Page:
Mental health, real love... and 20% off writing classes
Welcome back to Memoir Monday—a weekly newsletter and monthly reading series, brought to you by Narratively, The Rumpus, Catapult, Longreads, Tin House, Granta, and Guernica. Each essay in this newsletter has been selected by the editors at the above publications as the best of the week, delivered to you all in one place. It may be the start of a new work week, but at least we have this great new writing to get us through it.
I Had a Postpartum Mental Breakdown—and Was Convinced I Was Dead
by Mandi Em (art by Nicole Xu)
My sense of self completely shattered as I came to a horrible and terrifying conclusion: What if the last time I’d attempted suicide, I’d been successful, and everything that had happened since then was a lie? The hum that had been relentlessly vibrating in my mind quieted only when this realization fell upon me in the midst of all the chaos.
I was dead.
’To Be Well’: An Unmothered Woman’s Search for Real Love
by Vanessa Mártir
My relationship with Katia is the first where I am not clawing for the love of an emotionally unavailable person, like I’ve done so many times in the past, repeating the “love me, please love me” cycle I learned from my relationship with my mother. This doesn’t matter to my mother. It doesn’t matter that Katia shows up for me, is supportive, kind, and reliable. It doesn’t matter that Katia loves my daughter, so much so that she included her in her wedding vows, turning to her and promising to love her and be there for her like her own.
Voices on Addiction: Jokerman
by Dorian Fox
My family rarely throws the word addiction around. If we do, it is whispered. As teenagers, my sister and I rolled our eyes at slurred words and goofy antics. When we saw a plastic bag pulled tight around a handle of gin, we thought about the act of consumption itself, and its most obvious effects. Neither of us had much experience with substances, then. A warm forty behind a church. A drag or two off of a mentholated Marlboro. We were old enough to recognize symptoms of dependence, but too young and self-involved to wonder about its causes, the reasons someone we loved might have for seeking relief, escape, oblivion.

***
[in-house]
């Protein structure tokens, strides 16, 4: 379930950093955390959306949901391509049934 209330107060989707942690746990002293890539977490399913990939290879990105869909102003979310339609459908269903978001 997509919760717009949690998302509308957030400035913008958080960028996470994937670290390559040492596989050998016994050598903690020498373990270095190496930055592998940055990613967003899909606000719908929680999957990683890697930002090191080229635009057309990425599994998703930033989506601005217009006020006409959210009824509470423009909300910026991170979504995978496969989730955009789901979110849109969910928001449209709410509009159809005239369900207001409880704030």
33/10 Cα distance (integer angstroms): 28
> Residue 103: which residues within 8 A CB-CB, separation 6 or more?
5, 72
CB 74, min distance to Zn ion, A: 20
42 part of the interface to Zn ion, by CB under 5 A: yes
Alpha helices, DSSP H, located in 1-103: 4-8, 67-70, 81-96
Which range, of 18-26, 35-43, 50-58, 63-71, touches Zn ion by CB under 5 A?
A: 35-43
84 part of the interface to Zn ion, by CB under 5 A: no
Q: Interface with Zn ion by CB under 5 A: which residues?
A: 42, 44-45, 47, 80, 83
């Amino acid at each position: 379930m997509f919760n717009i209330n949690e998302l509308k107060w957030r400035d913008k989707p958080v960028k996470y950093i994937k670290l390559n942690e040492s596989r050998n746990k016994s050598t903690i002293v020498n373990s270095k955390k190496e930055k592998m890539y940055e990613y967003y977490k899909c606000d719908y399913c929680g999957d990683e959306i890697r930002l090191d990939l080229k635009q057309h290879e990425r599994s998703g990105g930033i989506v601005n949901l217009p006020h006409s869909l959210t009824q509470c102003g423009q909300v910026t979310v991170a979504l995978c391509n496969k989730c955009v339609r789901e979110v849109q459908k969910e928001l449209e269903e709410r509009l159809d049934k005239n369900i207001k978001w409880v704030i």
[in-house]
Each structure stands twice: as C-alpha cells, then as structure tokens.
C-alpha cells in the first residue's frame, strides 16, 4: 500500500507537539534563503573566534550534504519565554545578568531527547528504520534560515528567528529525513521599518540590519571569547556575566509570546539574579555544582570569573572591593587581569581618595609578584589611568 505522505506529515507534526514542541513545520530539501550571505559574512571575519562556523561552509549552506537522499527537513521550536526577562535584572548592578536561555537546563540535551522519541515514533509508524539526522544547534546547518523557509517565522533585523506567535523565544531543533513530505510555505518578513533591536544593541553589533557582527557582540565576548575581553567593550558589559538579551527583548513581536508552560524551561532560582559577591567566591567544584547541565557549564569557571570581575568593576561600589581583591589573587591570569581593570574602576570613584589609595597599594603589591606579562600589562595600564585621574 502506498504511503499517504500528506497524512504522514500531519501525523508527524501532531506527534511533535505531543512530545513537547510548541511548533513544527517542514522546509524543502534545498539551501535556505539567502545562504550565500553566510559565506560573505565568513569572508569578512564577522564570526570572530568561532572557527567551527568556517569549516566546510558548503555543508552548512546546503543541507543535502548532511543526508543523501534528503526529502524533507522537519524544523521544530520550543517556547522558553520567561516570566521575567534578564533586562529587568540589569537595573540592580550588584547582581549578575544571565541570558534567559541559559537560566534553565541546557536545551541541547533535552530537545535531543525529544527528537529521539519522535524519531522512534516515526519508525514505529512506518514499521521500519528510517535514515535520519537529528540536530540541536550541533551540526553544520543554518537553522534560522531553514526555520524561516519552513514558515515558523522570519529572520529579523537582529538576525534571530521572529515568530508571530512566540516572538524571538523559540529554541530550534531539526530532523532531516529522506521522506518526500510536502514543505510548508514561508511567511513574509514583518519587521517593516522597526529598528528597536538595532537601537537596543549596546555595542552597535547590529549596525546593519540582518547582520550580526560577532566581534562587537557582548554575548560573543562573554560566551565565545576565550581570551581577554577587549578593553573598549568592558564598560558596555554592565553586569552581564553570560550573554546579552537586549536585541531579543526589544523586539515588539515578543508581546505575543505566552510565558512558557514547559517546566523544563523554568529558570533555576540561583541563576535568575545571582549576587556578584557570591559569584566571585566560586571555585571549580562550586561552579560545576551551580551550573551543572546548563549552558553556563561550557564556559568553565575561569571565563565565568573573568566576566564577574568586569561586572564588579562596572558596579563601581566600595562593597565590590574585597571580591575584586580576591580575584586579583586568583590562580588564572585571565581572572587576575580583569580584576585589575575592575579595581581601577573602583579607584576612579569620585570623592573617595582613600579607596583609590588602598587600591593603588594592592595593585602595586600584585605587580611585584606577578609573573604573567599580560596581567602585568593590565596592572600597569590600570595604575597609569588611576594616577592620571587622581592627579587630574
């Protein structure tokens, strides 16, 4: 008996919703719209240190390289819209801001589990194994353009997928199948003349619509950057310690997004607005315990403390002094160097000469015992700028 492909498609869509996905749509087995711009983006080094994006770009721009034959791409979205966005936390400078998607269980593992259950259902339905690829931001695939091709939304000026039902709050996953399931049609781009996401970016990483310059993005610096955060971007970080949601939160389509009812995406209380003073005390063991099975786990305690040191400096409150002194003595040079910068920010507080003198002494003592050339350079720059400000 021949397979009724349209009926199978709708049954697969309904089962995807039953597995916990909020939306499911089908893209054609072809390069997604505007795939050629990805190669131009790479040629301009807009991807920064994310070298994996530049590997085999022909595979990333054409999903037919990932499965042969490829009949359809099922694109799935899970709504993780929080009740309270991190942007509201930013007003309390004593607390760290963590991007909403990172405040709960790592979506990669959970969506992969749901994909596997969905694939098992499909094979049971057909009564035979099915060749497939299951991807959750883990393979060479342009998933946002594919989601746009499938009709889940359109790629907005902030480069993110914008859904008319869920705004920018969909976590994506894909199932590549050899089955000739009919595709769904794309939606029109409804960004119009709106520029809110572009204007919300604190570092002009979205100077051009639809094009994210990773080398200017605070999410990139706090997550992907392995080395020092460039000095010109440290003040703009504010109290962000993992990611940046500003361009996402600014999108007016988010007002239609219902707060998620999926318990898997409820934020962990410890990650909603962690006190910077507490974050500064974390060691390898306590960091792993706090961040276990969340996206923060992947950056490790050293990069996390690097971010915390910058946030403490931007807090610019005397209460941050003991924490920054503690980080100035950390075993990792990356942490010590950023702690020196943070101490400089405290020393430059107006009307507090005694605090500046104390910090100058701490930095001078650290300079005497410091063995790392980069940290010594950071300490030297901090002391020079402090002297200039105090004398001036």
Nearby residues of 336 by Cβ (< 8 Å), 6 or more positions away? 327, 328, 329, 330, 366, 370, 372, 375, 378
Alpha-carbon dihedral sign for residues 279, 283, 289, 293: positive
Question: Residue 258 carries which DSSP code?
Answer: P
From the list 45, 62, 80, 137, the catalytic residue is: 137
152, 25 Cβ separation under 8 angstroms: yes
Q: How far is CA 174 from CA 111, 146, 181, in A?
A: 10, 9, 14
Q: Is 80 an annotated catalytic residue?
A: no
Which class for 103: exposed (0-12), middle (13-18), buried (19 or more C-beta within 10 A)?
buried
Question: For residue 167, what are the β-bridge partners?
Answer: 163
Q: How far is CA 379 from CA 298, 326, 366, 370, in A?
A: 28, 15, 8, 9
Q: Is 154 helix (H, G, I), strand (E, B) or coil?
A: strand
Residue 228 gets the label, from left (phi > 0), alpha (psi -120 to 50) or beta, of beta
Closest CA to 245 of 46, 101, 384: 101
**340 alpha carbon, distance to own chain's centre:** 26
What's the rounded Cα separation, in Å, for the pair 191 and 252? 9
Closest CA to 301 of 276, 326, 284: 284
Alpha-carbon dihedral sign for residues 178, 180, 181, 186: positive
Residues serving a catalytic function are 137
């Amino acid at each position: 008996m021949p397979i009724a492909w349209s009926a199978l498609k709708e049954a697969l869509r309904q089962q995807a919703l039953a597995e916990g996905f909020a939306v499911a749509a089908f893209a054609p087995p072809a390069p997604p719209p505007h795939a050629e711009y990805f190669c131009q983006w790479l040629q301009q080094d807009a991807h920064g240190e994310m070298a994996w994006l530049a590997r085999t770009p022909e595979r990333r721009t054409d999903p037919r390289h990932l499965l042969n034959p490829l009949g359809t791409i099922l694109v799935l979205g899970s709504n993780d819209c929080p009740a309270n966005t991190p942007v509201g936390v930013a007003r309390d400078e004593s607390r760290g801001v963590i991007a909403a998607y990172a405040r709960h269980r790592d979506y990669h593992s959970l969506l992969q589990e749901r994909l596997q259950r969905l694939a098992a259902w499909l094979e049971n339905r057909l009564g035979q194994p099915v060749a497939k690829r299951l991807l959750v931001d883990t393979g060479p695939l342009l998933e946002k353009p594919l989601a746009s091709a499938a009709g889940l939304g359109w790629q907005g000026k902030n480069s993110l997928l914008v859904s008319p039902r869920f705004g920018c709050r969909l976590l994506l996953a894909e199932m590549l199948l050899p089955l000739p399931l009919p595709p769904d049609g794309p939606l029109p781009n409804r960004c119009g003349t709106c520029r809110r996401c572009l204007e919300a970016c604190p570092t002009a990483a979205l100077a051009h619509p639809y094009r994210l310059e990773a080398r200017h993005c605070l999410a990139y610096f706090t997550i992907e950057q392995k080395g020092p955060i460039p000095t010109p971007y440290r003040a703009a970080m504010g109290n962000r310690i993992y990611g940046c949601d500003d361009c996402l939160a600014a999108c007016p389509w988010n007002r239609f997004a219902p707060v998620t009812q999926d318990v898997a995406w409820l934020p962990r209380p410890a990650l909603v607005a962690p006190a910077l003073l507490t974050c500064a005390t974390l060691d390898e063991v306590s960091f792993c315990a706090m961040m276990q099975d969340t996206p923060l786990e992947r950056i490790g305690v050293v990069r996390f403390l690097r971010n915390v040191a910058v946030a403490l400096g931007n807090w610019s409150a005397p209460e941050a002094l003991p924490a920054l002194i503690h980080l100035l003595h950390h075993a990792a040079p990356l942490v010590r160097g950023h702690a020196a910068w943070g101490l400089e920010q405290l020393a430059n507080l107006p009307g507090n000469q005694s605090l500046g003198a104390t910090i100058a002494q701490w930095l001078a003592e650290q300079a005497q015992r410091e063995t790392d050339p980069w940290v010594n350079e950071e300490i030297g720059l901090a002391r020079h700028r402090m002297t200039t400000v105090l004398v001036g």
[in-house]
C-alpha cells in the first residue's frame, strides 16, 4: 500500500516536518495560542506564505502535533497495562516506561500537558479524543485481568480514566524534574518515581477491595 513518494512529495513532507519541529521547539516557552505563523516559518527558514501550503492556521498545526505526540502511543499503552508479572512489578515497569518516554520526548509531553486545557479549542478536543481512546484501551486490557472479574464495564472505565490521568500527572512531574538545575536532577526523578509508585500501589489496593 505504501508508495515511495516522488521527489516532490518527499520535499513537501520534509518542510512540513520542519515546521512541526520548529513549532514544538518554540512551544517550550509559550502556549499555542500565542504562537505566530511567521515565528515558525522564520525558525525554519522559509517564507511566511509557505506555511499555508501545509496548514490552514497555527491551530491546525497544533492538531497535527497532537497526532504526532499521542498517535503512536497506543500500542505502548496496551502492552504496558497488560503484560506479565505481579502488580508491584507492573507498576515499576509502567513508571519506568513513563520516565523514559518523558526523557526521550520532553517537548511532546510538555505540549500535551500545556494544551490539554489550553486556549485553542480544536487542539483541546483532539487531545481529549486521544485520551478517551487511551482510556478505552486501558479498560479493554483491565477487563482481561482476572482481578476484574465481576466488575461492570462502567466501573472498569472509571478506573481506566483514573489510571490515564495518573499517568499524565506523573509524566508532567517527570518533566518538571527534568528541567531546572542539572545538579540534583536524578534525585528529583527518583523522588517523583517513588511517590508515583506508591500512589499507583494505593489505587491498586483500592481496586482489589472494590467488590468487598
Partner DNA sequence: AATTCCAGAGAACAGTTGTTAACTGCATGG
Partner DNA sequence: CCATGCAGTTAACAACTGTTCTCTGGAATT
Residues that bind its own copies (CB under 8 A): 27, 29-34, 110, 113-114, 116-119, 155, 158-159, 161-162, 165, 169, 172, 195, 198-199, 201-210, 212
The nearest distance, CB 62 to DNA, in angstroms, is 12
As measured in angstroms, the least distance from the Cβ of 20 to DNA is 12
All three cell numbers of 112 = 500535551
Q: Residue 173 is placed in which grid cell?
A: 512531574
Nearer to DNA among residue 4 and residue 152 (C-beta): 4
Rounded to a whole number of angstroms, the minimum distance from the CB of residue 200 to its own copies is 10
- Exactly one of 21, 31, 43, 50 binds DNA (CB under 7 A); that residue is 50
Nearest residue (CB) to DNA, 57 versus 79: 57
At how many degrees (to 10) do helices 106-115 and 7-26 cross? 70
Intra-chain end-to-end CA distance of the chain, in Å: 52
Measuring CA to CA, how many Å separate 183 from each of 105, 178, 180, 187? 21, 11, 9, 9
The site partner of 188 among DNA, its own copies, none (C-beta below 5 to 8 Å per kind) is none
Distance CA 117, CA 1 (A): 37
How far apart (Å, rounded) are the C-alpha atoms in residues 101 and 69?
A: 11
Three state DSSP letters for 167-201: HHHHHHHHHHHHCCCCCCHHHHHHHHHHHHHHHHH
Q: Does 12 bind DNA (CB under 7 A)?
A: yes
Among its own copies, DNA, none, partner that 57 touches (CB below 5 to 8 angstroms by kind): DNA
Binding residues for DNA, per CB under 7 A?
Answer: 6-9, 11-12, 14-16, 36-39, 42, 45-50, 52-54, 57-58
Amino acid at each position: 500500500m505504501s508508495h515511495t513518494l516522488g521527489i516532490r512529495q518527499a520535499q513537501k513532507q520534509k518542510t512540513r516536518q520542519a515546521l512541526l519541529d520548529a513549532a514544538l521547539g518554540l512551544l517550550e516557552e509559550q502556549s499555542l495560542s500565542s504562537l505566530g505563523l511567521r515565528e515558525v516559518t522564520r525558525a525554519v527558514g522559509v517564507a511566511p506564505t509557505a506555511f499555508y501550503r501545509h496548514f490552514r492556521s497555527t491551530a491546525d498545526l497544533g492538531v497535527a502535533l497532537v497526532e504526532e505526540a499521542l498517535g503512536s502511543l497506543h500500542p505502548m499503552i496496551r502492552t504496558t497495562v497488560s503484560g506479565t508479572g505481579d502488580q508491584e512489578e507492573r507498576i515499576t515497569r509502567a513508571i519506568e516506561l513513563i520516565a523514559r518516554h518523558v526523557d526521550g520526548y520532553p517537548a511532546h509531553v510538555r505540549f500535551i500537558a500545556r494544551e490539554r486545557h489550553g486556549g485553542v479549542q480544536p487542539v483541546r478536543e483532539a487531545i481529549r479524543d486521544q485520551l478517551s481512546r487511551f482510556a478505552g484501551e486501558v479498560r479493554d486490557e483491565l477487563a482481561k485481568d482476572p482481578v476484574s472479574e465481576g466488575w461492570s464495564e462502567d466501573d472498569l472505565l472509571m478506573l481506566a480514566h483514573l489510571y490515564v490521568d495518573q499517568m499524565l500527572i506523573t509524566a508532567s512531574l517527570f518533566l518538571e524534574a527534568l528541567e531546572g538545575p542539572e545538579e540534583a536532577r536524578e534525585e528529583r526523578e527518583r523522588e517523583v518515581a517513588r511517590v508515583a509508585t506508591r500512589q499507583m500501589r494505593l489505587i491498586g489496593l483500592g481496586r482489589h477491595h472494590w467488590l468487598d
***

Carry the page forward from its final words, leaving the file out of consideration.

What We Don't Talk About When We Talk About Mental Health and Medication
by s.e. smith
Would I have taken the drug at the very start, knowing what came later? Yes, I would have, but I wish I had known, because I would have gotten treatment at the first warning signs.
A Language of Figs
by Sema Kaygusuz
Like everyone, I too am made of language. I remember how I came into being like it was yesterday: as a single sentence, head to toe. My mother told me she felt the seed take root the instant I flashed like a spark in her womb, when my father whispered into her ear, ‘A girl.’ I felt an unbridled sense of gratitude as I listened to this story, felt the joy of being beckoned lovingly into this world. From that day forth, I gained a newfound respect for all the creatures I encountered in the world, each bestowed with its own unique significance.
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